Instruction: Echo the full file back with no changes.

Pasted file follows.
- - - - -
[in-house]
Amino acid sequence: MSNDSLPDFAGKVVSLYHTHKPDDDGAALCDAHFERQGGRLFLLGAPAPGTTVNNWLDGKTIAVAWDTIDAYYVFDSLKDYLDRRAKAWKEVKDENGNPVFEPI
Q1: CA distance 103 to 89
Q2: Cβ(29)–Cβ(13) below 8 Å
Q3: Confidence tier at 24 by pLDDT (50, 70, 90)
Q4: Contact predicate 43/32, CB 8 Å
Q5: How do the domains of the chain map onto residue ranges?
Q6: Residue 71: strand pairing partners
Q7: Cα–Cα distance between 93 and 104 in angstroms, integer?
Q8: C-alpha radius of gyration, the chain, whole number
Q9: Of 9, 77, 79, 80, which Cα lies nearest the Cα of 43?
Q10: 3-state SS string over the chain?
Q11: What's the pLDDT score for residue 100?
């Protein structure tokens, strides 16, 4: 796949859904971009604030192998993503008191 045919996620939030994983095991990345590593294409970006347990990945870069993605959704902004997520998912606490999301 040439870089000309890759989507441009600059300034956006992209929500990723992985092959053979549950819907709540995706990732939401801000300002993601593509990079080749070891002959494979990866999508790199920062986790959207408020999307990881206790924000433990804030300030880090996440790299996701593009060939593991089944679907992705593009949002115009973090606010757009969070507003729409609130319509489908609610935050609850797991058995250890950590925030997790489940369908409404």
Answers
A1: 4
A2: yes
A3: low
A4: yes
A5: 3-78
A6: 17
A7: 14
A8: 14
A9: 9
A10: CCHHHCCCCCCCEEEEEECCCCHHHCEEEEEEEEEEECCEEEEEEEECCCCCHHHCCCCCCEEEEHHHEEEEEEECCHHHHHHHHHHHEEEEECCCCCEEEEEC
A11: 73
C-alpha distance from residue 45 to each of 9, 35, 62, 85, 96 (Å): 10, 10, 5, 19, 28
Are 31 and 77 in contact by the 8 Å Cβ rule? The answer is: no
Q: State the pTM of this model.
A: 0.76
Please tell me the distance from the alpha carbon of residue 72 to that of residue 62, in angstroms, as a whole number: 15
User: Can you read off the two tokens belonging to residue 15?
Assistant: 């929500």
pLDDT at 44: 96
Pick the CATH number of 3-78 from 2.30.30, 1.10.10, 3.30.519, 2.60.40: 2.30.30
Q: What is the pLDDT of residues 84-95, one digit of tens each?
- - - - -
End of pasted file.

[in-house]
Amino acid sequence: MSNDSLPDFAGKVVSLYHTHKPDDDGAALCDAHFERQGGRLFLLGAPAPGTTVNNWLDGKTIAVAWDTIDAYYVFDSLKDYLDRRAKAWKEVKDENGNPVFEPI
Q1: CA distance 103 to 89
Q2: Cβ(29)–Cβ(13) below 8 Å
Q3: Confidence tier at 24 by pLDDT (50, 70, 90)
Q4: Contact predicate 43/32, CB 8 Å
Q5: How do the domains of the chain map onto residue ranges?
Q6: Residue 71: strand pairing partners
Q7: Cα–Cα distance between 93 and 104 in angstroms, integer?
Q8: C-alpha radius of gyration, the chain, whole number
Q9: Of 9, 77, 79, 80, which Cα lies nearest the Cα of 43?
Q10: 3-state SS string over the chain?
Q11: What's the pLDDT score for residue 100?
């Protein structure tokens, strides 16, 4: 796949859904971009604030192998993503008191 045919996620939030994983095991990345590593294409970006347990990945870069993605959704902004997520998912606490999301 040439870089000309890759989507441009600059300034956006992209929500990723992985092959053979549950819907709540995706990732939401801000300002993601593509990079080749070891002959494979990866999508790199920062986790959207408020999307990881206790924000433990804030300030880090996440790299996701593009060939593991089944679907992705593009949002115009973090606010757009969070507003729409609130319509489908609610935050609850797991058995250890950590925030997790489940369908409404």
Answers
A1: 4
A2: yes
A3: low
A4: yes
A5: 3-78
A6: 17
A7: 14
A8: 14
A9: 9
A10: CCHHHCCCCCCCEEEEEECCCCHHHCEEEEEEEEEEECCEEEEEEEECCCCCHHHCCCCCCEEEEHHHEEEEEEECCHHHHHHHHHHHEEEEECCCCCEEEEEC
A11: 73
C-alpha distance from residue 45 to each of 9, 35, 62, 85, 96 (Å): 10, 10, 5, 19, 28
Are 31 and 77 in contact by the 8 Å Cβ rule? The answer is: no
Q: State the pTM of this model.
A: 0.76
Please tell me the distance from the alpha carbon of residue 72 to that of residue 62, in angstroms, as a whole number: 15
User: Can you read off the two tokens belonging to residue 15?
Assistant: 């929500």
pLDDT at 44: 96
Pick the CATH number of 3-78 from 2.30.30, 1.10.10, 3.30.519, 2.60.40: 2.30.30
Q: What is the pLDDT of residues 84-95, one digit of tens each?